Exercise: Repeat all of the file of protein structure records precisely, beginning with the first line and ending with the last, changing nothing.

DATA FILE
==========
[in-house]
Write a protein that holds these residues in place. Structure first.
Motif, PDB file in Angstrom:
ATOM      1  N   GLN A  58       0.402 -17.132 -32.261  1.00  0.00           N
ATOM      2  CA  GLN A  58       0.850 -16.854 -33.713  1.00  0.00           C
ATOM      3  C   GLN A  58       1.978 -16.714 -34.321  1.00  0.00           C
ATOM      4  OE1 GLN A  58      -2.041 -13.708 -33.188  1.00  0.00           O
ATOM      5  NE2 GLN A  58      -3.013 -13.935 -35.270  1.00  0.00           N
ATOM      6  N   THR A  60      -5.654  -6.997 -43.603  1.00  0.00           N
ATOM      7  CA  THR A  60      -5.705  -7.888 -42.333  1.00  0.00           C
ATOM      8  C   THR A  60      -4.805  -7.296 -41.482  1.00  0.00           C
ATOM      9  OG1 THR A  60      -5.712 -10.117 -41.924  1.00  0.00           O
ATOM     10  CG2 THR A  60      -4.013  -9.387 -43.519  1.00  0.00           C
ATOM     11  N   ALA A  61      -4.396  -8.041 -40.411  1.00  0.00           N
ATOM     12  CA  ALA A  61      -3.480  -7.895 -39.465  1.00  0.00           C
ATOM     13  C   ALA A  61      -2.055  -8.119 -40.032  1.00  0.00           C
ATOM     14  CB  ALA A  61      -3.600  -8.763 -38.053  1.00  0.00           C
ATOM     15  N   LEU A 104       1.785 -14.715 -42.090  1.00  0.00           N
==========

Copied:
[in-house]
Write a protein that holds these residues in place. Structure first.
Motif, PDB file in Angstrom:
ATOM      1  N   GLN A  58       0.402 -17.132 -32.261  1.00  0.00           N
ATOM      2  CA  GLN A  58       0.850 -16.854 -33.713  1.00  0.00           C
ATOM      3  C   GLN A  58       1.978 -16.714 -34.321  1.00  0.00           C
ATOM      4  OE1 GLN A  58      -2.041 -13.708 -33.188  1.00  0.00           O
ATOM      5  NE2 GLN A  58      -3.013 -13.935 -35.270  1.00  0.00           N
ATOM      6  N   THR A  60      -5.654  -6.997 -43.603  1.00  0.00           N
ATOM      7  CA  THR A  60      -5.705  -7.888 -42.333  1.00  0.00           C
ATOM      8  C   THR A  60      -4.805  -7.296 -41.482  1.00  0.00           C
ATOM      9  OG1 THR A  60      -5.712 -10.117 -41.924  1.00  0.00           O
ATOM     10  CG2 THR A  60      -4.013  -9.387 -43.519  1.00  0.00           C
ATOM     11  N   ALA A  61      -4.396  -8.041 -40.411  1.00  0.00           N
ATOM     12  CA  ALA A  61      -3.480  -7.895 -39.465  1.00  0.00           C
ATOM     13  C   ALA A  61      -2.055  -8.119 -40.032  1.00  0.00           C
ATOM     14  CB  ALA A  61      -3.600  -8.763 -38.053  1.00  0.00           C
ATOM     15  N   LEU A 104       1.785 -14.715 -42.090  1.00  0.00           N